Now suppose $$\alpha\delta-\beta\rho\ne0$$. From Section 11.1, if $$\alpha\rho=0$$ and $$\beta\delta=0$$, then (SL) has the eigenvalues

$\lambda_{n}=[(2n-1)\pi/2L]^{2},\quad n=1,2,3, \dots\nonumber$

(why?), so let’s suppose in addition that at least one of the products $$\alpha\rho$$ and $$\beta\delta$$ is nonzero. Then we can rewrite (A) as

$\tag{B} \tan kL= \frac{k(\beta\rho-\alpha\delta)} {\alpha\rho-\beta\delta k^{2}}.\nonumber$

By graphing both sides of this equation on the same axes (there are several possibilities for the right side), convince yourself of the following:

## c

If $$\beta\delta=0$$, there’s a positive integer $$N$$ such that (B) has one solution $$k_{n}$$ in each of the intervals

$\tag{C} \left((2n-1)\pi/L, (2n+1)\pi/L)\right),\quad n=N,N+1,N+2,\dots,\nonumber$

and either

$\lim_{n\to\infty}\left(k_{n}-\frac{(2n-1)\pi}{2L}\right) =0 \text{\quad or\quad} \lim_{n\to\infty}\left(k_{n}-\frac{(2n+1)\pi}{2L}\right)=0.\nonumber$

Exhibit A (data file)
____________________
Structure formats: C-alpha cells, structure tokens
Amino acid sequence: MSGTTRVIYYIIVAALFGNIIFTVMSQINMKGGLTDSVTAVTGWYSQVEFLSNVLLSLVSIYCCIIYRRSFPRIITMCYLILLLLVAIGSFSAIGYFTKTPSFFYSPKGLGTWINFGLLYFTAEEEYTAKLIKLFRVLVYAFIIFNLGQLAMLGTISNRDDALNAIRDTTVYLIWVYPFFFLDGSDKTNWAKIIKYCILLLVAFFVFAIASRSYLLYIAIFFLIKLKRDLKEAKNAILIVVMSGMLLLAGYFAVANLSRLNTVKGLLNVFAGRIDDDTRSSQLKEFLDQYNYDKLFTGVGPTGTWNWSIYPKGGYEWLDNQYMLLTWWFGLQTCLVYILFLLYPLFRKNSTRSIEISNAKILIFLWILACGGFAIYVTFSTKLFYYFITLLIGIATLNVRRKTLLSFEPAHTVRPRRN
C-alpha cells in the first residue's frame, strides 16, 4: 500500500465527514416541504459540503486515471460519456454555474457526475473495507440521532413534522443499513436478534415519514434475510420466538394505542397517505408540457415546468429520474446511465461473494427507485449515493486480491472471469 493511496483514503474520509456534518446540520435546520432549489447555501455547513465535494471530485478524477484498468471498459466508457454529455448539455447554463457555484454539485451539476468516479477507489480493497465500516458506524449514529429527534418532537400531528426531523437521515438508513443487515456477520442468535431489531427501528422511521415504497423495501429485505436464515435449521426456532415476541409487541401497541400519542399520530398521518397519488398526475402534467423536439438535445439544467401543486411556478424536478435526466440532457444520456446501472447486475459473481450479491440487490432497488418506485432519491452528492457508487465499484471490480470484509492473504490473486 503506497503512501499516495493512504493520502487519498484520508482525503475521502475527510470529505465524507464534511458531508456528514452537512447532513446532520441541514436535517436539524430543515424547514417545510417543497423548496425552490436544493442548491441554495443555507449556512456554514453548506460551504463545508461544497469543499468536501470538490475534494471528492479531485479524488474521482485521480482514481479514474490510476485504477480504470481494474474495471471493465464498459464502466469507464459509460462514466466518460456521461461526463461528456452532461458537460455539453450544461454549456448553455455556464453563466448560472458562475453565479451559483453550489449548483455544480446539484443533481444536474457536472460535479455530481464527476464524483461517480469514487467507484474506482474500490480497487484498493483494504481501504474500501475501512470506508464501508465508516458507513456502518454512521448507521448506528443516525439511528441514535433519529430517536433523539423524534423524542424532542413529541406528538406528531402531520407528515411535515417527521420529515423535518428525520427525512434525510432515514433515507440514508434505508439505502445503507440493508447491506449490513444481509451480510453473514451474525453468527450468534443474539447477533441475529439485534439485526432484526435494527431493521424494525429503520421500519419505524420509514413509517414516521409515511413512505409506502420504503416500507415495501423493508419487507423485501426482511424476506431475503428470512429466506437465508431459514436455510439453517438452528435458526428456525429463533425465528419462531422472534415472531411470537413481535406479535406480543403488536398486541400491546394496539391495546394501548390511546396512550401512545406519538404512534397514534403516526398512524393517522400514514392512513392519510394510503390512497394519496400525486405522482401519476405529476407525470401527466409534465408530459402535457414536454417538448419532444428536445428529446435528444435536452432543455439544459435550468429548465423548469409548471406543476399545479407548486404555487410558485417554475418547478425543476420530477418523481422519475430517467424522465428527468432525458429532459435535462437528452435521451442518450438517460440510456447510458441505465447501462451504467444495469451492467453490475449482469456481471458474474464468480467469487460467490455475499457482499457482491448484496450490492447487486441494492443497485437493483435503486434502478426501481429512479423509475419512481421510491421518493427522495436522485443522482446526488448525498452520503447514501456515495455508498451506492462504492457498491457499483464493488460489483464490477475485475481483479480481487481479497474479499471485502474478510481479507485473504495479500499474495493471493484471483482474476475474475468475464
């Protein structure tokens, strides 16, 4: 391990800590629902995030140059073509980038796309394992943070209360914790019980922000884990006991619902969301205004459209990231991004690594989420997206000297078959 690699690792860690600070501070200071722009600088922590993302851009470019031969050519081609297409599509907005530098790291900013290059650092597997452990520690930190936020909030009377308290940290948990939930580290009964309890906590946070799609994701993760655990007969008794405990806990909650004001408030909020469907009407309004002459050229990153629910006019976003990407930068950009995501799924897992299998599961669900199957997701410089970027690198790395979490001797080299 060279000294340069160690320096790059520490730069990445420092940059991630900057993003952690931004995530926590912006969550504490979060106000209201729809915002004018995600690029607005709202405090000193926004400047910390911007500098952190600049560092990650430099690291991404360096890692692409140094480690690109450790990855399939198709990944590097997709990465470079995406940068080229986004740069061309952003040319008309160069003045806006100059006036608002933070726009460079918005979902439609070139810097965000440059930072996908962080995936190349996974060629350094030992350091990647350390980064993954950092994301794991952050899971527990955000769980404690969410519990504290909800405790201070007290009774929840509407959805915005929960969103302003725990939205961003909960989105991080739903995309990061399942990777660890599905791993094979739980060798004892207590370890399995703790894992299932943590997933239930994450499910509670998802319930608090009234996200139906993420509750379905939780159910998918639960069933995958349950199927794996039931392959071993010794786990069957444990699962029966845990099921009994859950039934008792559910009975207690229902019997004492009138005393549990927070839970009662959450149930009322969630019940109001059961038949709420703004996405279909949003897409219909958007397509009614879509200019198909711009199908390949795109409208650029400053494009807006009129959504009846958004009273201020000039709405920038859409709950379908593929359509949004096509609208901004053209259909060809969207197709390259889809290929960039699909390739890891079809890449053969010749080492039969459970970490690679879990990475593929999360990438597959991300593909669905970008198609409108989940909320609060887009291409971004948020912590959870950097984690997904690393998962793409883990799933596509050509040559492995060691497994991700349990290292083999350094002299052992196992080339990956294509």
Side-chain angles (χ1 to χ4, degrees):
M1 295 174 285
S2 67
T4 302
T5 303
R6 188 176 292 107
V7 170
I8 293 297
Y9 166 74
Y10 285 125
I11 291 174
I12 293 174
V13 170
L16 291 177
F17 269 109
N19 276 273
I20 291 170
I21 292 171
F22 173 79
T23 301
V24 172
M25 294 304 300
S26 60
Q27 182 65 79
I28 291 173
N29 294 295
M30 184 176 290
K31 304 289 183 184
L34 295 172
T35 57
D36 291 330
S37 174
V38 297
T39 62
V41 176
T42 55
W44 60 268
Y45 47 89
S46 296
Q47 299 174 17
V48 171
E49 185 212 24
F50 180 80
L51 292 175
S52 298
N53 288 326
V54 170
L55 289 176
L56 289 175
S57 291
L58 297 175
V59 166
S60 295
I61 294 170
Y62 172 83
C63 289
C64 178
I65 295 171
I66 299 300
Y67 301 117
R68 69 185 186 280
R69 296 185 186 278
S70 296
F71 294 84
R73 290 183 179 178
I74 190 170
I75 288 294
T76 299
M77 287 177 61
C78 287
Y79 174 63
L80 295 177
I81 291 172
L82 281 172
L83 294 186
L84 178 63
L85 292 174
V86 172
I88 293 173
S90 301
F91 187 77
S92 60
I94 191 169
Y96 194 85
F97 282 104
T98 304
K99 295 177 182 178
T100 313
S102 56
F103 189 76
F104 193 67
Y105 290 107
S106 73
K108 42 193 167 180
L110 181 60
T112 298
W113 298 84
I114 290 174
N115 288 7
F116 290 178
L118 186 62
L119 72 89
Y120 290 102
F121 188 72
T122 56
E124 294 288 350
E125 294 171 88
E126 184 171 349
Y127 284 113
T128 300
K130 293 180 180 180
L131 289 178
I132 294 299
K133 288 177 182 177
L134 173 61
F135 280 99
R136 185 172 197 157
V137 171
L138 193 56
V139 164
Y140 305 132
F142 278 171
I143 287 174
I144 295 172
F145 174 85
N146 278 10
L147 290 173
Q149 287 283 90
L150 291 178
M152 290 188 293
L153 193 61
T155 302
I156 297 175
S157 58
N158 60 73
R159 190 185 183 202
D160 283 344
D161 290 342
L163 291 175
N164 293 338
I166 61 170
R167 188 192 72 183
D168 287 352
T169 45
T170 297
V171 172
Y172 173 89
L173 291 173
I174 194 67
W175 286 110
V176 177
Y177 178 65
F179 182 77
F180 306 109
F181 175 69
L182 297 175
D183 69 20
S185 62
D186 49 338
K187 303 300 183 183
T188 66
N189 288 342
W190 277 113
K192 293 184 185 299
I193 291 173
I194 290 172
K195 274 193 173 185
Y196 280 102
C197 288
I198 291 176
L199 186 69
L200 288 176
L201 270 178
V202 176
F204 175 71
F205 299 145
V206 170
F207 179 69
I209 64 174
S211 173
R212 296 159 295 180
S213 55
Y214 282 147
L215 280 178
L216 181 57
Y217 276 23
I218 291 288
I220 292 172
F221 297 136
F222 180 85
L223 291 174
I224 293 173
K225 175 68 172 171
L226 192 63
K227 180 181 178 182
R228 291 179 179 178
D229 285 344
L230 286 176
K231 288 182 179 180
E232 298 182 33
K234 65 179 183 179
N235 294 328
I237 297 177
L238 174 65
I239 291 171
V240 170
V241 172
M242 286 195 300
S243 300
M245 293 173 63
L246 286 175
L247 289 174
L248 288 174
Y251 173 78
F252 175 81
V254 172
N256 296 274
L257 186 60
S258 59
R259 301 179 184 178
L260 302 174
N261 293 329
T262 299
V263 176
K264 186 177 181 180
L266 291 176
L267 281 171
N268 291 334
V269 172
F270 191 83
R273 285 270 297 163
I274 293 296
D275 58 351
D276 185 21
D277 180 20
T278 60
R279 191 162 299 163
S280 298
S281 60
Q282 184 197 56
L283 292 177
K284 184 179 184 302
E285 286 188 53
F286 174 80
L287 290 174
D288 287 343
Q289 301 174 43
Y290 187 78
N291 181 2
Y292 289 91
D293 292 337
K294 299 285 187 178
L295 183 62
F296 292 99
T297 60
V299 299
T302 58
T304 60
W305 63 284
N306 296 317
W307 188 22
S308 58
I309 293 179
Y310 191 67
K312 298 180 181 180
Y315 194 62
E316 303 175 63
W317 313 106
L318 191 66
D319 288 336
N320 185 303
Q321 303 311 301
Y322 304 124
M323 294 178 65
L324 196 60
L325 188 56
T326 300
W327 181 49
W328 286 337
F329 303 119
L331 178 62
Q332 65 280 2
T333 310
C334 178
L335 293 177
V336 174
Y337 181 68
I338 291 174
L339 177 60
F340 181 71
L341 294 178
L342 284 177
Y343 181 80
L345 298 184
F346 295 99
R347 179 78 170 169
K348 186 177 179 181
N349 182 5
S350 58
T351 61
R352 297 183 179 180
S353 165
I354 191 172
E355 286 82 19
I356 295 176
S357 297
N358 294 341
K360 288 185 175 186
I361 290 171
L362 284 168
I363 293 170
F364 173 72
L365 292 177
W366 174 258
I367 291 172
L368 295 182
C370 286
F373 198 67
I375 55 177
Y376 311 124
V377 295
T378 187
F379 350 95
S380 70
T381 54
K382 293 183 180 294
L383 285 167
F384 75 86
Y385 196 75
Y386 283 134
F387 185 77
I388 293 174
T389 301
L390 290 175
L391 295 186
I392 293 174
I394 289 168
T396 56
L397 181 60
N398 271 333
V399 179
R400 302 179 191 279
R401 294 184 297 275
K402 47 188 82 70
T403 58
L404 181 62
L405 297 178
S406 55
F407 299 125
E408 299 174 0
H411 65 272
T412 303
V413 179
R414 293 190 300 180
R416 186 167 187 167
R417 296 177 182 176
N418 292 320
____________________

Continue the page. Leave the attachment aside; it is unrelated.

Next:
## d

If $$\beta\delta\ne0$$, there’s a positive integer $$N$$ such that (B) has one solution $$k_{n}$$ in each of the intervals (C) and

$\lim_{n\to\infty}\left(k_{n}-\frac{n\pi}{N}\right)=0.\nonumber$

[exer:13.2.31] The following Sturm–Liouville problems are genera1izations of Problems 1–4 of Section 11.1.

Problem 1: $$(p(x)y')'+\lambda r(x)y=0$$, $$y(a)=0$$,$$y(b)=0$$

Problem 2: $$(p(x)y')'+\lambda r(x)y=0$$, $$y'(a)=0$$,$$y'(b)=0$$

Problem 3: $$(p(x)y')'+\lambda r(x)y=0$$, $$y(a)=0$$,$$y'(b)=0$$

Problem 4: $$(p(x)y')'+\lambda r(x)y=0$$, $$y'(a)=0$$,$$y(b)=0$$

Prove: Problems 1–4 have no negative eigenvalues. Moreover, $$\lambda=0$$ is an eigenvalue of Problem 2 with associated eigenfunction $$y_{0}=1$$, but $$\lambda=0$$ isn’t an eigenvalue of Problems 1, 3, and 4.

[exer:13.2.32] Show that the eigenvalues of the Sturm–Liouville problem

$(p(x)y')'+\lambda r(x)y=0,\quad \alpha y(a)+ \beta y'(a)=0,\quad \rho y(b)+\delta y'(b)\nonumber$

are all positive if $$\alpha\beta\le 0$$,   $$\rho\delta\ge 0$$, and $$(\alpha\beta)^{2}+(\rho\delta)^{2}>0$$.